Councillors approve Harvest Hills Golf Course rezoning needed for housing development

COMMUNITIES FIRST
COMMUNITIES FIRST

Despite growing opposition, a Calgary homebuilder’s plans to redevelop the shuttered Harvest Hills golf course have cleared a major hurdle.

Source: Councillors approve Harvest Hills Golf Course rezoning needed for housing development

This land was not needed for housing.  It was rezoned because the developer lobbied Council for a higher return on his investment.

This is another example of Council ignoring the wishes of the community, which loudly demonstrated it wanted the green space protected.

Responsibility not ours: Domtar

“Having never actually operated at the site, we don’t feel like we have any responsibility”  (successor of wood-preserving plant, Canada Creosote Company Ltd)

http://www.pressreader.com/canada/metro-canada-calgary/20160712/textview

figure_holding_up_rock_400_clr_14564 (1)If this is a successful way to dodge liability, then watch out for the liability of tens of thousands of abandoned well sites in Alberta, not to mention the environmental calamity at the oil sands.

Nenshi says revitalization levy for CalgaryNEXT project won’t work

Early analysis suggests using a $200-million community revitalization levy to partially bankroll the Calgary Flames group’s mega sports complex in west downtown won’t work, Mayor Naheed Nenshi said in a recent year-end interview.  This summer, Calgary Sports and Entertainment Corp. pitched an ambitious plan to build a new NHL arena, CFL stadium and public field…

Source: Nenshi says revitalization levy for CalgaryNEXT project won’t work

West Village creosote: What is it and who’s to blame?

One of the biggest hurdles to be cleared before Calgary Sport and Entertainment Corporation’s proposal for an $890-million arena, event centre and fieldhouse can move forward will be the environmental remediation of the West Village.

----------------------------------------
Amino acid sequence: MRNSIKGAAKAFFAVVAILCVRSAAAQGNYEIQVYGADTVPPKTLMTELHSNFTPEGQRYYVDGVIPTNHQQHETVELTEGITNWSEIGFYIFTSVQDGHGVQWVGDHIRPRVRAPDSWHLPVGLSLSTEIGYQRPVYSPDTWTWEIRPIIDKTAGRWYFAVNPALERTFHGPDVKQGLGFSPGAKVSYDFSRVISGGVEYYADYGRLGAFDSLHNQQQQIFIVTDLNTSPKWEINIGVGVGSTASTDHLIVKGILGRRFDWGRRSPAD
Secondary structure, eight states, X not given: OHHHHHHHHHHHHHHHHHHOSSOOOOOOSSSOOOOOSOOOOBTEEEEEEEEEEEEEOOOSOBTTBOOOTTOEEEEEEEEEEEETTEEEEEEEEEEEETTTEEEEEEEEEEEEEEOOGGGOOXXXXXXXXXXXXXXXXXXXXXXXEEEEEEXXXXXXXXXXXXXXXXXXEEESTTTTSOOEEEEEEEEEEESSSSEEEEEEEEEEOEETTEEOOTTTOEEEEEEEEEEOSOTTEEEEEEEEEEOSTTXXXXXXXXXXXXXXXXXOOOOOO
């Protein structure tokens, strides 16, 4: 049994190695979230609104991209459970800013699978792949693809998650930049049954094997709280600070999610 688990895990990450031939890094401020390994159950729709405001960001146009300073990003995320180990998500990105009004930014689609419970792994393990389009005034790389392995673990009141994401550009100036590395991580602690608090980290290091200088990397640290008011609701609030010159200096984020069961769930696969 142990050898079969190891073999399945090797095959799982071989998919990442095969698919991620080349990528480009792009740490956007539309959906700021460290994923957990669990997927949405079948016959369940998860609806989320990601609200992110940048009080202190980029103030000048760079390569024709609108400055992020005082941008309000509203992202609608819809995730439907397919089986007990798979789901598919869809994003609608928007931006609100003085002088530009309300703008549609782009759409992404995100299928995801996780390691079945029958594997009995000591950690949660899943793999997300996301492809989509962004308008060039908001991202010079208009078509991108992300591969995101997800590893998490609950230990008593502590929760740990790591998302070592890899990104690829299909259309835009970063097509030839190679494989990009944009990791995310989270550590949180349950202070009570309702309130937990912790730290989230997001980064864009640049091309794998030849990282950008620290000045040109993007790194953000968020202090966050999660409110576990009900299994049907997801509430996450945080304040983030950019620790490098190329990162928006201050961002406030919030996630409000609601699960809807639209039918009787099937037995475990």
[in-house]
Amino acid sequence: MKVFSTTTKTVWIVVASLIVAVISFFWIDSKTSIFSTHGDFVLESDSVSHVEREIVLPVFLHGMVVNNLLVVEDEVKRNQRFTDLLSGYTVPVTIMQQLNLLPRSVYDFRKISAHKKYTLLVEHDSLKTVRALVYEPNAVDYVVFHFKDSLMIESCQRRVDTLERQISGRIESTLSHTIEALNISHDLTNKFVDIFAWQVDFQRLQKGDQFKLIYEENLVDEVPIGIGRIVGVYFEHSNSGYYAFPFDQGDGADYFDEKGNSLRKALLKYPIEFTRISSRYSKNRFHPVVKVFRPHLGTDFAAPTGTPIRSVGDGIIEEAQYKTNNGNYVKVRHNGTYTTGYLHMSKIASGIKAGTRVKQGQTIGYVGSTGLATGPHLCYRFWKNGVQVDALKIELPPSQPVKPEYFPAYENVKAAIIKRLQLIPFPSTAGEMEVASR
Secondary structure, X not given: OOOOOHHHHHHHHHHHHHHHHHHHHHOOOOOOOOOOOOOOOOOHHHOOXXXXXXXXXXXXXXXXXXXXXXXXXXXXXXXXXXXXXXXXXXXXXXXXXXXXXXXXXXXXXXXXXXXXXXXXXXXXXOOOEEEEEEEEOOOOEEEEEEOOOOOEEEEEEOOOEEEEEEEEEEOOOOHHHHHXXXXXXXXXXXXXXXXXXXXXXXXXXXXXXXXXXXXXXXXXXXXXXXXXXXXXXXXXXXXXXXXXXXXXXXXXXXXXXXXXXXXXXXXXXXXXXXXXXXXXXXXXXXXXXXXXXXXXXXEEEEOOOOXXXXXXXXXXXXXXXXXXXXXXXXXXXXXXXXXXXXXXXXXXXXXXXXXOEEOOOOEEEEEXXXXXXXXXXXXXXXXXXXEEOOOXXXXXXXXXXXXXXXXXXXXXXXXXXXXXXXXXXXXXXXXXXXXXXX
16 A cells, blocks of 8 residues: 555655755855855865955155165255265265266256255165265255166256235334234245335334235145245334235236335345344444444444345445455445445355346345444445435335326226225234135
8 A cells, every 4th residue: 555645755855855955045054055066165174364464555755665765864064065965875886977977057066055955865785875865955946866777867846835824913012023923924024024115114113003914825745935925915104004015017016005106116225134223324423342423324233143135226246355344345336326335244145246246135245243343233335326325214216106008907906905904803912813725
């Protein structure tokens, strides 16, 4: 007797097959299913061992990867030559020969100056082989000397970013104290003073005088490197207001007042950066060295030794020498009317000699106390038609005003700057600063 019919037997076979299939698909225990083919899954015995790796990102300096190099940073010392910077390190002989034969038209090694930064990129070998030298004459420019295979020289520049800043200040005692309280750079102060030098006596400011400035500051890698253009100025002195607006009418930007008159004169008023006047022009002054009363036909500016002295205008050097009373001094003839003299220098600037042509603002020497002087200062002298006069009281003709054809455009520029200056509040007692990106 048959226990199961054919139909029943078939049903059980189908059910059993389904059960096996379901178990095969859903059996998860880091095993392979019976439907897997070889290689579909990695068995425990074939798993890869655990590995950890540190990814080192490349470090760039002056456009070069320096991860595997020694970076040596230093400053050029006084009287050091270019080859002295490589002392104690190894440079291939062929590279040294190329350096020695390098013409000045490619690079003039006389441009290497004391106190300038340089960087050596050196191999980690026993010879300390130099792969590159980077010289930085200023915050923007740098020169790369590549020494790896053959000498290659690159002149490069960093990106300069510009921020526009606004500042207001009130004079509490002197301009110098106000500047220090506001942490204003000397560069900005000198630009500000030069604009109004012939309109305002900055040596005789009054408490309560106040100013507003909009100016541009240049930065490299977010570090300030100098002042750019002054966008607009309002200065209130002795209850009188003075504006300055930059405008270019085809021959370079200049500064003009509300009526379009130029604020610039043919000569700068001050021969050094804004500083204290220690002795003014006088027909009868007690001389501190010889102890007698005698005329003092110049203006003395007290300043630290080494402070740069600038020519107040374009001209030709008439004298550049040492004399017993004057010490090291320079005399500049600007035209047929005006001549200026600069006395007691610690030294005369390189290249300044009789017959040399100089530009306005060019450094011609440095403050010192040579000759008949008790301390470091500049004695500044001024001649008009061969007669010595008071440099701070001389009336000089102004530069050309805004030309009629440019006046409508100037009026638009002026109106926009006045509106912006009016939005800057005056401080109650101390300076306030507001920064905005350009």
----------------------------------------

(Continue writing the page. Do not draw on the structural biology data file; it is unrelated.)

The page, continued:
Source: West Village creosote: What is it and who’s to blame?

Creosote bill new ground for government

When it comes to the environmental cleanup of the proposed CalgaryNEXT’s West Village site, there’s no precedent for the province stepping in to cover the cost, said the premier.

“We have operated in this province for many years on a principle of polluter pay and there’s really no precedent of the province stepping in to pay the cost of remediation when a polluter has contaminated a piece of property,” Premier Rachel Notley said during a visit to the Calgary-Foothills riding Wednesday evening.

Continue reading “Creosote bill new ground for government”

Nenshi says polluter should help pay for creosote clean-up of proposed arena site

The provincial and federal governments bear some responsibility in remediating contaminated land in the city’s West Village where the owners of the Calgary Flames and Stampeders hope to build an $890-million sports complex, says Mayor Naheed Nenshi.

Source: Nenshi says polluter should pay for creosote cleanup in West Village

First, soil remediation at the proposed arena site has been underway for years, begging the question of who is paying for that.  Whoever that is, by paying the cost, has accepted liability and is responsible for completing the clean-up.

Second, the polluter should pay, not just “help pay”.

Community Revitalization Levy